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HartleySan

Websockets Question

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I was looking at the following page today about the new WebSockets API:

http://code.google.com/p/phpwebsocket/

 

I understand all the client and server code, but I couldn't understand the following step in the procedure below the code:

2. From the command line, run the server.php program to listen for socket connections.

 

How do I do this? Where's the command line for an Apache server? How do you run a PHP script from the command line? After performing this step, will the PHP script run forever on the server, making it always available when a WebSocket is needed, or is this a step that must be executed every time I want to open a socket for bi-directional communication?

 

Thank you all in advance.

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How you run PHP from the command line really depends upon what OS you're running and how you installed PHP.

 

Yes, if I read that code correctly, the server.php script will continue to run to listen for incoming connections.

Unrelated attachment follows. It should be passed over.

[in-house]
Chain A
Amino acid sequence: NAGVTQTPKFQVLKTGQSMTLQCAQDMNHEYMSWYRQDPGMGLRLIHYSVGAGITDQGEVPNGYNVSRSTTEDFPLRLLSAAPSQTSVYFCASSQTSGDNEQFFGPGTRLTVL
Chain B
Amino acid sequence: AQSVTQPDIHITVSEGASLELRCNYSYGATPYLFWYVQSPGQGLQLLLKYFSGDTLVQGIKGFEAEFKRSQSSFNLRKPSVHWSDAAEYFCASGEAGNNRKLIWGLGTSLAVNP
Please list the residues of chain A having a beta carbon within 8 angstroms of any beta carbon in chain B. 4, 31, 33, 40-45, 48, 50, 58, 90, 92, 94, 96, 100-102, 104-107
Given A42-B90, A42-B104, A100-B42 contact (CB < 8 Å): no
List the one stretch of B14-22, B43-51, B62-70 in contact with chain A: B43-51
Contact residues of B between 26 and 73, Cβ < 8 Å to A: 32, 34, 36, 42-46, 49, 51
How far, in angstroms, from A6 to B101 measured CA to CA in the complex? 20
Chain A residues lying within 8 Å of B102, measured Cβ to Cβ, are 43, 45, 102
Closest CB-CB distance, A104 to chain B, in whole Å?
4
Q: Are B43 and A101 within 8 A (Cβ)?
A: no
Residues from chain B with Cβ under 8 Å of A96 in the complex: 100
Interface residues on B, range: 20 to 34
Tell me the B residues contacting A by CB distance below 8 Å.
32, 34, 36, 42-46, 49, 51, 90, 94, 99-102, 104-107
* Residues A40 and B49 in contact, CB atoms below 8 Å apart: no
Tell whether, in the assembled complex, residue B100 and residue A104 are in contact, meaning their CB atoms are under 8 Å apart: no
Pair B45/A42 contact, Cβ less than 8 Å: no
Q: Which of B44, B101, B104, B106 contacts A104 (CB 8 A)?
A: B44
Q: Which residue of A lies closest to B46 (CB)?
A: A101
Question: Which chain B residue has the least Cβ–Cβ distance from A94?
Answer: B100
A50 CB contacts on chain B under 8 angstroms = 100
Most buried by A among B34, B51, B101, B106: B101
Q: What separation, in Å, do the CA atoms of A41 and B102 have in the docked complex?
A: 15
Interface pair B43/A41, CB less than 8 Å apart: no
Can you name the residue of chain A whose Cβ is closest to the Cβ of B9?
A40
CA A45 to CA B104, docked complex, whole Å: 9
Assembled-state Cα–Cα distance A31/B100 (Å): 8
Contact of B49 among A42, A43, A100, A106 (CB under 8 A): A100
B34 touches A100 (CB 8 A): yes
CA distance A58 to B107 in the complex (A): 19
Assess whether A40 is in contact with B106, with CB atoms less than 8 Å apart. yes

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You might have to ask your hosting service to execute that script for you. You could ask for telnet access, but I wouldn't expect them to allow it since it would make it easier for you to access other customer's folders on the same server.

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It's a new API to the HTML5 draft, but basically, it allows for bi-directional communication and asynchronous messaging. In essense, it allows for more dynamically responsive applications like chat services, video conversations, chess games that respond instantly to an opponent's move, etc., etc.

 

It really is a great thing, actually, as Java has had asynchronous messaging forever, but it has always been missing from HTML. I imagine that in time it will have as big an effect on the Web as Ajax has up till now.

 

I built a rudimentary chat application the other day using the WebSocket API and Ajax long polling for non-HTML5 browsers. It wasn't as hard as I thought.

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Looks like the best of both worlds. A full-duplex, handshaken, non-reliable way of sending messages. Sounds like a combination of TCP and UDP without the shortcomings.

 

Maybe I'll start creating a live football match part of my website or something? Would be a great way of keeping my fans updated under a match. :)

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Yes, exactly. "The best of both worlds." I like that.

 

In a couple years, as this API gets wider browser support and recognition, I have no doubt that it'll become the new standard for websites/Web apps, similar to what Ajax sites are now compared to older-style sites.

 

I can already thing of a million applications for this thing. Basically, this is a big part of the puzzle in trying to make the move to Desktop-like apps, games, etc.

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